what a social business does has a marketing play too-building the right human
resources, gaining exposure for offerings, anticipating client needs, attending
to important client details. But, a traditional CRM is not enough for a social business-they
need social CRM. Social CRM moves beyond the straightforward, strategic tactics
used to organize, automate and synchronize. A social CRM provides
innovative ways to interact with their customers and prospects by taking into
account the new ways people communicate and interact via cloud, social media
and social networking sites. Google+ is one new tool that is aiming
for this market in a big way. Salesforce.com bought the
social media monitoring service Radian6 last spring and is leaping ahead in
social CRM strategy. Of course there are others. Read more here.
A white label network is essentially
an enterprise collaboration solution enabling personal and organizational
effectiveness. One component of enterprise collaboration invokes social
networking technology. This technology gives fast access to everyone in an
individual's professional network, including colleagues, clients and partners,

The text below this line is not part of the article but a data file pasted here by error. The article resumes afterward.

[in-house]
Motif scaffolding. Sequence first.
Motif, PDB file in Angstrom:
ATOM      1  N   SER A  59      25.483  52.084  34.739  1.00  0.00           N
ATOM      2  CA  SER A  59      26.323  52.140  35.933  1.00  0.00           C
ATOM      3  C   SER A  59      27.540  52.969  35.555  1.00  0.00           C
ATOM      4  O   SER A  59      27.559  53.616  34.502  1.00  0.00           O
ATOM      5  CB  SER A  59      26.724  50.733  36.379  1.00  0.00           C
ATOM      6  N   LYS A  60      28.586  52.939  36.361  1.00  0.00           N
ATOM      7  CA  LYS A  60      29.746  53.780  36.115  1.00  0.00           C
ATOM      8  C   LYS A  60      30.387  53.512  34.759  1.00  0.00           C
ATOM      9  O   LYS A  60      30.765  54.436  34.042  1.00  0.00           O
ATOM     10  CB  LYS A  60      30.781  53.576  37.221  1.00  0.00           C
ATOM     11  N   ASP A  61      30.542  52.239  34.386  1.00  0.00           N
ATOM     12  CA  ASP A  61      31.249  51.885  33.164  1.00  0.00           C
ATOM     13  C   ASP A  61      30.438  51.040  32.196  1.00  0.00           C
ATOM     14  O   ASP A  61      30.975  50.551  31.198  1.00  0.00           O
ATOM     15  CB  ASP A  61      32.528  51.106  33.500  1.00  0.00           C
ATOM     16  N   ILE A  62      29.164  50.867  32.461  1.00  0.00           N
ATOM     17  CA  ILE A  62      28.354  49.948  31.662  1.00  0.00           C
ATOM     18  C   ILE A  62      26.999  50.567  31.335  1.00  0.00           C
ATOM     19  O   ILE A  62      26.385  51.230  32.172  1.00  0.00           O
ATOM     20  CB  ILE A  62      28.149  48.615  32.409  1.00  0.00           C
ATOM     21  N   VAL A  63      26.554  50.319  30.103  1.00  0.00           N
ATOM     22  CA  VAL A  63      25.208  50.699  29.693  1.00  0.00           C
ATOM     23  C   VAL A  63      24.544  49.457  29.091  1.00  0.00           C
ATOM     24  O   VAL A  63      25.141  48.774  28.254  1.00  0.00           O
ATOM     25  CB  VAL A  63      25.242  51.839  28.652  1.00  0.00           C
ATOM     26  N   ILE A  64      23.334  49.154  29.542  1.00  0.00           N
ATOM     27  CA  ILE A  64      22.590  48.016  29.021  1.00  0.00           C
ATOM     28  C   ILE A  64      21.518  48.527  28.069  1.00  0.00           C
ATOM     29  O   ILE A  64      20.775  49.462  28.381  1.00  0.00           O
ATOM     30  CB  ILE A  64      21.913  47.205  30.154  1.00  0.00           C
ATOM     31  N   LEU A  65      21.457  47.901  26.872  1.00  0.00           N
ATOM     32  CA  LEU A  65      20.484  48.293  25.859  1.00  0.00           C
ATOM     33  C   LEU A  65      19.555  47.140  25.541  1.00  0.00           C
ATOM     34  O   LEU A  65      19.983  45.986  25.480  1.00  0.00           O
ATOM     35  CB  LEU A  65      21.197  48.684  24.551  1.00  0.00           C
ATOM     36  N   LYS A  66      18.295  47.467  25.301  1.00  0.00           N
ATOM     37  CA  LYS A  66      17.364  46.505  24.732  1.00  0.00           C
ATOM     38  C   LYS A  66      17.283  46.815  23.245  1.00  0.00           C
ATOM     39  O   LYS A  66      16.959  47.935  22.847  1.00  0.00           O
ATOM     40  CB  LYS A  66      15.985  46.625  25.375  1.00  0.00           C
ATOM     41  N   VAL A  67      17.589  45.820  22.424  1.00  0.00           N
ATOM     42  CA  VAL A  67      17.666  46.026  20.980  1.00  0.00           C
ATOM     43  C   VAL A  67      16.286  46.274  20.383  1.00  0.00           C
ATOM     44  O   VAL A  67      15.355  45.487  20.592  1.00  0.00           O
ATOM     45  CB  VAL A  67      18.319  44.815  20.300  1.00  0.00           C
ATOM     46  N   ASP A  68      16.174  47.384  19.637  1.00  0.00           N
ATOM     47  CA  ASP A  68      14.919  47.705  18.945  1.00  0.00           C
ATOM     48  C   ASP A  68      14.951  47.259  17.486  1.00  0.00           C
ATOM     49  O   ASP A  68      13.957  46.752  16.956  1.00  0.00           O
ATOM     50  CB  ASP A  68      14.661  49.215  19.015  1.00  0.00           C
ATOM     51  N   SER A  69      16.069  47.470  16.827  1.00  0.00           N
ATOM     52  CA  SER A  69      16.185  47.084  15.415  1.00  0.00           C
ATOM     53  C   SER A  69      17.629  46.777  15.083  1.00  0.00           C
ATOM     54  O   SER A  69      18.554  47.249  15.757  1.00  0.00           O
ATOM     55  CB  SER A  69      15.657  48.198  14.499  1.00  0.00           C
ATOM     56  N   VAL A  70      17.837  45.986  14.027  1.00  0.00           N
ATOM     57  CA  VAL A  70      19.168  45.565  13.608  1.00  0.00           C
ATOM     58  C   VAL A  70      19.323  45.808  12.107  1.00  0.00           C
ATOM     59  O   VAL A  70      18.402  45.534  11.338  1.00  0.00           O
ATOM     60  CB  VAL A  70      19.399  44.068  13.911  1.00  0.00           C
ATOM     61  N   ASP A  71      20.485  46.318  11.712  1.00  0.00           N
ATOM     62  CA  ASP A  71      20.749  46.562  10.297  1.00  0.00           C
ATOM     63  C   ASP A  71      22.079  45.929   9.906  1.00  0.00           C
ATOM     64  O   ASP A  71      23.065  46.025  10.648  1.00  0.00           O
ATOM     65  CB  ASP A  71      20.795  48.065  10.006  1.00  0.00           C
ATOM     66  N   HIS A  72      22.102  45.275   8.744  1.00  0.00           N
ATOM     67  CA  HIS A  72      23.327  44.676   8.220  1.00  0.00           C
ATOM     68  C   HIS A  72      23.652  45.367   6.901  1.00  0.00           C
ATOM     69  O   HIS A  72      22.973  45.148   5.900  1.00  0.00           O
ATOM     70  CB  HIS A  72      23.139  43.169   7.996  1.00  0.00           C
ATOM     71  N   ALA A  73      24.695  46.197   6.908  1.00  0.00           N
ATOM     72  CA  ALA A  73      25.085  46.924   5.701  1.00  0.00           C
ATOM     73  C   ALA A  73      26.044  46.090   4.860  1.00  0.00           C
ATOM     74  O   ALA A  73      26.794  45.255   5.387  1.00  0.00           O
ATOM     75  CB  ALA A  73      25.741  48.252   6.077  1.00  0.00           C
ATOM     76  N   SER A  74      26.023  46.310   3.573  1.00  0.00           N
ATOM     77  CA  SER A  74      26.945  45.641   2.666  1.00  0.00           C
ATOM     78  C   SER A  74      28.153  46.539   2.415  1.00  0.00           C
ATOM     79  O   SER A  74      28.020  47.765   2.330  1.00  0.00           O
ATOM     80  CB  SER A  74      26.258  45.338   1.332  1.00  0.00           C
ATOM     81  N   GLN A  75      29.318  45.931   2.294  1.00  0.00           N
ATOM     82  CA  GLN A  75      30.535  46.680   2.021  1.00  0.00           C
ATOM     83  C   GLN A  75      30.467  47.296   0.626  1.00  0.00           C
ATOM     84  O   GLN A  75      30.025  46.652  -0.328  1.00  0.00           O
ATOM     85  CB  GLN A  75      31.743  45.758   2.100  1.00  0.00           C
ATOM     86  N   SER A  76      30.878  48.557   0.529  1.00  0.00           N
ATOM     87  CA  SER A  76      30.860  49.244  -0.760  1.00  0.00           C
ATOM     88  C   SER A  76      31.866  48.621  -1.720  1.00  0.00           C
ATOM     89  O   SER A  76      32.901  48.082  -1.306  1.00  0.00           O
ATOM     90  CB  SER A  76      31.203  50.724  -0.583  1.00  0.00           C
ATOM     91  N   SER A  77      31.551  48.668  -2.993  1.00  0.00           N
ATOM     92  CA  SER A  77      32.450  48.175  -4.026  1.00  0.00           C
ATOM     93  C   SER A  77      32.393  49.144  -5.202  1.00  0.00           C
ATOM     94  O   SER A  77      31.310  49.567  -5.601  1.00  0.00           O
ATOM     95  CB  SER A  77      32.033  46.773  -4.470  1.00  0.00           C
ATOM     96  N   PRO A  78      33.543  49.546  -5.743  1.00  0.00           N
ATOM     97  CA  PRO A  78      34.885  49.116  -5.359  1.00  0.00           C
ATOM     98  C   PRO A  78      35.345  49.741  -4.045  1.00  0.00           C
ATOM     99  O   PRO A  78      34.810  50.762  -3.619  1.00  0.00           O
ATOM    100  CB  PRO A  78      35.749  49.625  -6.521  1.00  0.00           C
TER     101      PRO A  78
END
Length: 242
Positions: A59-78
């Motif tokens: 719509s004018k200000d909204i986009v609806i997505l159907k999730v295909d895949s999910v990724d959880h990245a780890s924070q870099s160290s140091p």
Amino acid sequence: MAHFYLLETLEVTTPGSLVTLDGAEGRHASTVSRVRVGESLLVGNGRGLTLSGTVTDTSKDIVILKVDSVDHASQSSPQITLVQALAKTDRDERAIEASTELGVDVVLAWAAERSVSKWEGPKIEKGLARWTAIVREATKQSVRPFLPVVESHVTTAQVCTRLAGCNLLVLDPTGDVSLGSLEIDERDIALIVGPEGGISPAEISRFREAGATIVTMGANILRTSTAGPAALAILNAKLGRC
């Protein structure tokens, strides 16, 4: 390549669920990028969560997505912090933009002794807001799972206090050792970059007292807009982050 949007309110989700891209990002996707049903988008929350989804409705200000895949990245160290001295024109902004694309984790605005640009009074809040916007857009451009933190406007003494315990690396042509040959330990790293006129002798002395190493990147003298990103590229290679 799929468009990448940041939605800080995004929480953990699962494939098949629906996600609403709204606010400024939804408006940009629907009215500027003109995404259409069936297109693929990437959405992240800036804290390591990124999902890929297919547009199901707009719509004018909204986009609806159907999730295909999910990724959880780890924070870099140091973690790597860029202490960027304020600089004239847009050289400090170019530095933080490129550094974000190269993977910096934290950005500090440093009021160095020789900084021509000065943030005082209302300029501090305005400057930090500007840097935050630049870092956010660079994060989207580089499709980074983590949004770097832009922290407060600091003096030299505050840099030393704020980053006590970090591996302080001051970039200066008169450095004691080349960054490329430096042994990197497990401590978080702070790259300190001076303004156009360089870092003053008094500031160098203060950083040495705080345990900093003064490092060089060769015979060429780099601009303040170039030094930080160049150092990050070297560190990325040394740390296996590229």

enabling them to access and interact with the people, information and project
materials they need to get their work done. These private networks facilitate
communications among teams helping them work together and build stronger
relationships across organizations. I've long been a proponent of private
social networking technology for the law firm environment and do not believe
enough firms are taking advantage of it.
No matter the size of your budget or
size of the network you wish to create, there is something for everyone. If
you're looking for a software solution you might consider Microsoft Sharepoint
or IBM Sametime. For a more economical, web-based solution, one of my
favorites right now is BloomFire. Follow this link to a description of nine
other white label social networking solutions tested by
TechCrunch. Or, for small firm or individual needs, check out Google's Cloud Apps. It may be just the right fit when
it comes to cloud
collaboration. You might even opt to create a small, private discussion
group on Facebook, which would meet the needs of certain lawyers who already
have a presence and network on the site.
There is no substitution for a face-to-face client
interview and I'm not even suggesting that social comes close to that kind
of listening, however, social listening can provide insight into customer
needs, competitive intelligence, and identification of prospective clients who